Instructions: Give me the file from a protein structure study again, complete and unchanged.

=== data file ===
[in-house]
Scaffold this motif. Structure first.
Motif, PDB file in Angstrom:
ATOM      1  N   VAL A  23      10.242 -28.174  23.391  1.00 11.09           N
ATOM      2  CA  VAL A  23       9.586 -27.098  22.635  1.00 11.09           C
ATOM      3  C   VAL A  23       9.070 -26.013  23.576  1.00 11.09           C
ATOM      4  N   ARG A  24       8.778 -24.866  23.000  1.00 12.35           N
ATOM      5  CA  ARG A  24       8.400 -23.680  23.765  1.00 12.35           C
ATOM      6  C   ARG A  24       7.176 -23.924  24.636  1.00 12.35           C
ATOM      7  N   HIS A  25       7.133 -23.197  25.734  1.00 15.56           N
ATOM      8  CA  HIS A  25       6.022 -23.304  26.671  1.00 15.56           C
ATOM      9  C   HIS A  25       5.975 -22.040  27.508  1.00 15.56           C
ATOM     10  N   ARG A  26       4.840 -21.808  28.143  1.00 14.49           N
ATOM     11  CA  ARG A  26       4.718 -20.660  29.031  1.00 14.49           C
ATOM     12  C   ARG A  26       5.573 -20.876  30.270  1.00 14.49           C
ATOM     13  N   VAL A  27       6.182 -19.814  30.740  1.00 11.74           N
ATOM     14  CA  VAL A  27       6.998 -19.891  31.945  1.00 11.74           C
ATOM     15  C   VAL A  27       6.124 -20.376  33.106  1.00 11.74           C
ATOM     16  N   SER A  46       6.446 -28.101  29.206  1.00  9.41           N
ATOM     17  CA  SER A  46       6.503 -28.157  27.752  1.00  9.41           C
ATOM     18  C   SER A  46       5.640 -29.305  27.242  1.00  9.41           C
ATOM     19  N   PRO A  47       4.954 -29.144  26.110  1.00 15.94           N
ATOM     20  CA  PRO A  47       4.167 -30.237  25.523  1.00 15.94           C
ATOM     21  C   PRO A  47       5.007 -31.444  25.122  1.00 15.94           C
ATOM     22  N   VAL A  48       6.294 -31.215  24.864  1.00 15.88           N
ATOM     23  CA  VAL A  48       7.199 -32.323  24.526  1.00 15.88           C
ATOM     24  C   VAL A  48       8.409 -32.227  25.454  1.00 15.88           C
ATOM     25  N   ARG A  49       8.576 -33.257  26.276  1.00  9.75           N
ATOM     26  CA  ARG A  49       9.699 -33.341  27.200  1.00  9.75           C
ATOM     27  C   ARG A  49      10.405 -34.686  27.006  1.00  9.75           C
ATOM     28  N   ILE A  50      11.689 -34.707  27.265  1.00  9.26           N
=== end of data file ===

[in-house]
Scaffold this motif. Structure first.
Motif, PDB file in Angstrom:
ATOM      1  N   VAL A  23      10.242 -28.174  23.391  1.00 11.09           N
ATOM      2  CA  VAL A  23       9.586 -27.098  22.635  1.00 11.09           C
ATOM      3  C   VAL A  23       9.070 -26.013  23.576  1.00 11.09           C
ATOM      4  N   ARG A  24       8.778 -24.866  23.000  1.00 12.35           N
ATOM      5  CA  ARG A  24       8.400 -23.680  23.765  1.00 12.35           C
ATOM      6  C   ARG A  24       7.176 -23.924  24.636  1.00 12.35           C
ATOM      7  N   HIS A  25       7.133 -23.197  25.734  1.00 15.56           N
ATOM      8  CA  HIS A  25       6.022 -23.304  26.671  1.00 15.56           C
ATOM      9  C   HIS A  25       5.975 -22.040  27.508  1.00 15.56           C
ATOM     10  N   ARG A  26       4.840 -21.808  28.143  1.00 14.49           N
ATOM     11  CA  ARG A  26       4.718 -20.660  29.031  1.00 14.49           C
ATOM     12  C   ARG A  26       5.573 -20.876  30.270  1.00 14.49           C
ATOM     13  N   VAL A  27       6.182 -19.814  30.740  1.00 11.74           N
ATOM     14  CA  VAL A  27       6.998 -19.891  31.945  1.00 11.74           C
ATOM     15  C   VAL A  27       6.124 -20.376  33.106  1.00 11.74           C
ATOM     16  N   SER A  46       6.446 -28.101  29.206  1.00  9.41           N
ATOM     17  CA  SER A  46       6.503 -28.157  27.752  1.00  9.41           C
ATOM     18  C   SER A  46       5.640 -29.305  27.242  1.00  9.41           C
ATOM     19  N   PRO A  47       4.954 -29.144  26.110  1.00 15.94           N
ATOM     20  CA  PRO A  47       4.167 -30.237  25.523  1.00 15.94           C
ATOM     21  C   PRO A  47       5.007 -31.444  25.122  1.00 15.94           C
ATOM     22  N   VAL A  48       6.294 -31.215  24.864  1.00 15.88           N
ATOM     23  CA  VAL A  48       7.199 -32.323  24.526  1.00 15.88           C
ATOM     24  C   VAL A  48       8.409 -32.227  25.454  1.00 15.88           C
ATOM     25  N   ARG A  49       8.576 -33.257  26.276  1.00  9.75           N
ATOM     26  CA  ARG A  49       9.699 -33.341  27.200  1.00  9.75           C
ATOM     27  C   ARG A  49      10.405 -34.686  27.006  1.00  9.75           C
ATOM     28  N   ILE A  50      11.689 -34.707  27.265  1.00  9.26           N